U.S. DOJ Announces Application of FCPA Policy to Post-Merger Successor Entities

On July 25, 2018, the U.S. Department of Justice (“DOJ”) sought to clarify and confirm that the DOJ would apply the U.S. Foreign Corrupt Practices Act (“FCPA”) Corporate Enforcement Policy (“FCPA Policy”) to FCPA violations that companies uncover when seeking to acquire another company1. While companies subject to the FCPA are not required to self-report potential violations, the FCPA Policy incentivizes self-disclosure in several ways, including its presumption that – absent aggravating factors – the DOJ will decline to prosecute a company that self-discloses an FCPA violation, cooperates with the DOJ’s investigation, and remediates the conduct.  

Under the joint DOJ/SEC Resource Guide to the FCPA issued in 2012, the DOJ had previously stated that it “may” decline to prosecute companies that self-disclose FCPA violations that they uncover when seeking to acquire another company. In its July 25 announcement, the DOJ acknowledged that the 2012 language might not have provided the certainty necessary for companies trying to decide whether to complete a merger and/or self-disclose the target company’s wrongdoing.  Accordingly, the DOJ will now “apply the principles contained in the FCPA Corporate Enforcement Policy to successor companies that uncover wrongdoing in connection with mergers and acquisitions and thereafter disclose that wrongdoing and provide cooperation, consistent with the terms of the Policy.”2   Even for situations in which pre-acquisition due diligence did not reveal subsequently-uncovered wrongdoing, the DOJ wants to encourage and reward transparency, disclosure and remediation as outlined in the FCPA Policy.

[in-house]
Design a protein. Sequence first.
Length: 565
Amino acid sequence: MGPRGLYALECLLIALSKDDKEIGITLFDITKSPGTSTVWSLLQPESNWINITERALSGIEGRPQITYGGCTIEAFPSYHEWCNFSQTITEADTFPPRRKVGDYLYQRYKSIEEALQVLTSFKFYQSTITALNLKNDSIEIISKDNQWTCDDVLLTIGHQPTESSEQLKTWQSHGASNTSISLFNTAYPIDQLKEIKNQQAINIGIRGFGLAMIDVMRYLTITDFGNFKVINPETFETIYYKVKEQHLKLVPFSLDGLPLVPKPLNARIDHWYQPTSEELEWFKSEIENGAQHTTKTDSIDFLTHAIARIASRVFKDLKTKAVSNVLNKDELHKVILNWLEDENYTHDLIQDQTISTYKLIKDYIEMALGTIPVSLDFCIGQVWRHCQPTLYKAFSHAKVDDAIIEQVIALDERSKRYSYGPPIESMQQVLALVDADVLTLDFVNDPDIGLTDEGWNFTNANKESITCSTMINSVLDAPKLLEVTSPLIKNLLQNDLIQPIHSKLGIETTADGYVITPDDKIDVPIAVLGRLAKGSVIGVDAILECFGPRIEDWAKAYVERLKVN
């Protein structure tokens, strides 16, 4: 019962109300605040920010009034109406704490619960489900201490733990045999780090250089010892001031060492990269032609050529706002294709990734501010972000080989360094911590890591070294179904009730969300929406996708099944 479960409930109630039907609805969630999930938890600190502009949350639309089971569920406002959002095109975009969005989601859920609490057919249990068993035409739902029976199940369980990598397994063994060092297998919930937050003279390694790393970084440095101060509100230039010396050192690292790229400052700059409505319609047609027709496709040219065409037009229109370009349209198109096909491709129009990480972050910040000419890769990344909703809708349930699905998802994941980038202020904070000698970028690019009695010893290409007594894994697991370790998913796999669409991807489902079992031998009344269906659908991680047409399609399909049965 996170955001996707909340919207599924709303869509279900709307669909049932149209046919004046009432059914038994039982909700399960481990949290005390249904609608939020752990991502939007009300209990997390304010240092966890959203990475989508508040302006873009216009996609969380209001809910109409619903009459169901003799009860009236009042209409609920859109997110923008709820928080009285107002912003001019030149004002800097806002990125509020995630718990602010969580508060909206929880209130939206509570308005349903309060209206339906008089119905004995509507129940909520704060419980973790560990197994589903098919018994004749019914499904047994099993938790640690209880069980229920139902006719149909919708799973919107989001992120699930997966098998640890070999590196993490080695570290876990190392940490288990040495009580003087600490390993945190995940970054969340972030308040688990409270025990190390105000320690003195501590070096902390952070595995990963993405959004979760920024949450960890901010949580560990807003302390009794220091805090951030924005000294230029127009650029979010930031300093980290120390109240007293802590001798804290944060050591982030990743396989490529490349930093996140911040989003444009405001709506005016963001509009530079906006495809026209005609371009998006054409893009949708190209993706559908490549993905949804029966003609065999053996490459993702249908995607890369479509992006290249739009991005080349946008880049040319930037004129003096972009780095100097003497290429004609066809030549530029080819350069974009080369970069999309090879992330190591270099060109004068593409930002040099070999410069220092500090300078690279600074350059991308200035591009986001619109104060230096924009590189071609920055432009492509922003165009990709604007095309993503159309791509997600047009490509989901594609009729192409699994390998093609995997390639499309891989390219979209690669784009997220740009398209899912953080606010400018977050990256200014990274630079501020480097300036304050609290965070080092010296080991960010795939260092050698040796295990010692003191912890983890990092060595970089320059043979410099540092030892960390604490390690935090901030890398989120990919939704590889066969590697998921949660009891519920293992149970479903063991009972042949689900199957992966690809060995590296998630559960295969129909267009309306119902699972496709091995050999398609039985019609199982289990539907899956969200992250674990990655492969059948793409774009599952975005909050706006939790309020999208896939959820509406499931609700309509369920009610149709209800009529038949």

In announcing the policy, the DOJ is seeking to ensure that companies are able to enter and compete in high-risk markets, and that the DOJ’s approach does not impede their expansion or otherwise force them to “ced[e] the field to non compliant companies.”3  From the DOJ’s perspective, these law-abiding companies can help root out corruption and institute strong compliance policies.

Companies should be mindful, however, that while the FCPA Policy provides a presumption of declination for companies that self-disclose, cooperate and remediate, the presumption is a rebuttable one. If “aggravating circumstances” exist, such as involvement of c-suite executives in the conduct or a history of past violations by the company, the presumption may no longer apply. Self-disclosure is always a complex and difficult decision, whether in the merger context or otherwise, and is heavily fact- and circumstance-specific.

The confirmation that the DOJ will apply the FCPA Corporate Enforcement Policy to post-merger successor entities provides useful guidance for companies conducting business in high-risk markets. Companies pursuing mergers and acquisitions would be wise to conduct robust pre- and post-transaction due diligence and comprehensive compliance training post-acquisition.

1. Matthew S. Miner, “Deputy Assistant Attorney General Matthew S. Miner Remarks at the American Conference Institute 9th Global Forum on Anti-Corruption Compliance in High Risk Markets” (July 25, 2018), hereinafter “Miner ACI Remarks,” available at https://www.justice.gov/opa/pr/deputy-assistant-attorney-general-matthew-s-miner-remarks-american-conference-institute-9th.
2. Miner ACI Remarks. 
3. Miner ACI Remarks.